Blue wing disease   is consequent to Chicken  Infectious Anaemia infection. It  is an acute disease in chickens that causes high mortality in 2-3 week-old chickens. The major pathological lesions are Haemorrhages in skin and muscles especially on the wings, and gangrenous dermatitis and depletion of lymphocytes in lymphoid tissues; the thymuses being most severely damaged.


Picture8 Picture9
Fig 3.   Unilateral blue wing disease showing wet, edematous, hyperemic skin and caking feathers in chick with gangrenous dermatitis.

Under natural conditions, immunosuppression can be triggered by a wide range of infectious and environmental factors in chickens. Immunosuppressive viral agents that may predispose to GD in chickens include Marek’s disease virus, infectious bursal disease virus, Chicken Anemia virus, several reoviruses, and reticuloendotheliosis virus. Other viral infectious agents such as inclusion body hepatitis virus in chickens also been suggested as possible immunosuppressive agents that may trigger GD. Severe lymphocytic depletion of the thymus and bursa of Fabricius, associated with the onset of GD because of immune suppressive diseases.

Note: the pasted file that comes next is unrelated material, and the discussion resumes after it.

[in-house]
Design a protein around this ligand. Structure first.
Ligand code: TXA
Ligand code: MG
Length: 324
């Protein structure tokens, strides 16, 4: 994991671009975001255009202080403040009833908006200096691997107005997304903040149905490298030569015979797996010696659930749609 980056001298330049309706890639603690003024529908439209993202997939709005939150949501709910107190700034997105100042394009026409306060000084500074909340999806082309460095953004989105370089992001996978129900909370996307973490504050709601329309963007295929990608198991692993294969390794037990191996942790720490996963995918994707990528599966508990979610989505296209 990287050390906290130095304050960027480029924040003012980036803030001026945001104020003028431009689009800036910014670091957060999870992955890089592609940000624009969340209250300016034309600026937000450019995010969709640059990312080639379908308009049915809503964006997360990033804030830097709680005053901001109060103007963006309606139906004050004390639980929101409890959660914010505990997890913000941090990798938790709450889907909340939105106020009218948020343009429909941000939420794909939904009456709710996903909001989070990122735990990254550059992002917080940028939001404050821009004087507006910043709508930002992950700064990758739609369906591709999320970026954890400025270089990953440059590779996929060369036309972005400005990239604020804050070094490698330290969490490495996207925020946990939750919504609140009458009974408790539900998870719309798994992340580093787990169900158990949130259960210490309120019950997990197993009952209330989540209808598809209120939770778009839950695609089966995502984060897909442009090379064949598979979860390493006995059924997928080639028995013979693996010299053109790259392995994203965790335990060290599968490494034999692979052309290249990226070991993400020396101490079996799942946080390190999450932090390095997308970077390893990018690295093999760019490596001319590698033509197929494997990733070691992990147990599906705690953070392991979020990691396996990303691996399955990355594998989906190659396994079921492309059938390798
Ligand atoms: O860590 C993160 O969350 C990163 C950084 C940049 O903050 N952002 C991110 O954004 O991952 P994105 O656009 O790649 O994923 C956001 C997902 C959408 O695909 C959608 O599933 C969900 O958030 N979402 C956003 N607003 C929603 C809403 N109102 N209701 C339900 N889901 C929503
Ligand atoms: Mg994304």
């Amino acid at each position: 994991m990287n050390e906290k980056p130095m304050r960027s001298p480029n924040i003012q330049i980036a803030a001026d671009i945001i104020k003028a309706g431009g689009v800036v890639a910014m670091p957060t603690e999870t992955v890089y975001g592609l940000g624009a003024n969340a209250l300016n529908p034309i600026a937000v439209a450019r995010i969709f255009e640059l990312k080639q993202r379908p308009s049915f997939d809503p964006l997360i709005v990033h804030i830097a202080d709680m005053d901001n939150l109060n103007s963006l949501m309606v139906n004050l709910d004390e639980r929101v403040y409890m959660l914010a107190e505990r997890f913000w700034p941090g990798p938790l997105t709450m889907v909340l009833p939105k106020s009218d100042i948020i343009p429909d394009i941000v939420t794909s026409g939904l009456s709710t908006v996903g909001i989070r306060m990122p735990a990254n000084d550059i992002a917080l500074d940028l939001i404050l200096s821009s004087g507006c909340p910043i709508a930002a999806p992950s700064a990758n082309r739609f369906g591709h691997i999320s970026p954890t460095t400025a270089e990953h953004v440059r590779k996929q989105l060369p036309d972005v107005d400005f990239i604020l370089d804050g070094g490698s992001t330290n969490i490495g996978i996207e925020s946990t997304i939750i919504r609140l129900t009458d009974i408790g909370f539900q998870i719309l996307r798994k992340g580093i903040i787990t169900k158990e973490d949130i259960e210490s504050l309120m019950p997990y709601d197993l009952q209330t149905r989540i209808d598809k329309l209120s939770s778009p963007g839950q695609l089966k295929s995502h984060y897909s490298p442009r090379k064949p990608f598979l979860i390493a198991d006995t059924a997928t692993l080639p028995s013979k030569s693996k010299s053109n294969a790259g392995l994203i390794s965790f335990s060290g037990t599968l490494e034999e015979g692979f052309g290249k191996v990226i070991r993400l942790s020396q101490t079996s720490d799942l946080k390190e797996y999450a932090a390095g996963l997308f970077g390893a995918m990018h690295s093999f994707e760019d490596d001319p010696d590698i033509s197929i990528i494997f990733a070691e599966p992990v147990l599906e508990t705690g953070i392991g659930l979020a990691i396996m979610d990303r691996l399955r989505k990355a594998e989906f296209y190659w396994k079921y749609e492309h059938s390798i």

In broiler chickens, GD is mainly predisposed to by traumatic damage of the skin, usually associated with cannibalism and overcrowding. Such skin lesions provide a port of entry for bacteria and Chaotic multiplication of the intestinal flora followed by absorption into the bloodstream promoted bacteremia, which was thought to be the origin of some of the GD lesions. There is anecdotal evidence of a similar pathogenesis of GD in broiler chickens as a result of the use of ionophores in the feed associated with toxic muscle damage.

Clinical signs of gangrenous dermatitis

The disease can occur without clinical signs being observed. However, high fever, depression, anorexia, ataxia, leg weakness, and lateral recumbency are usually seen in both chickens. The lower abdomen and inner thighs are frequently affected by the accumulation of subcutaneous edema. The skin over affected areas is usually featherless and can show dark-red, purple, green, or green-blue discoloration (Fig. 2). The most frequently affected areas of the body are breast, abdomen, back, thighs, legs, and wings (Fig. 3)


GD can be prevented or controlled to a great extent by preventing cannibalism, reducing overcrowding, providing a balanced diet, decreasing the intensity of light, good ventilation, controlling humidity, controlling ectoparasites, providing perches and dust bathing on the floor, beak and toe trimming, and cleaning and disinfection of houses between each flock cage system of raring the nails grow sharply and injure birds, toe clipping helps to prevent dermatitis problem.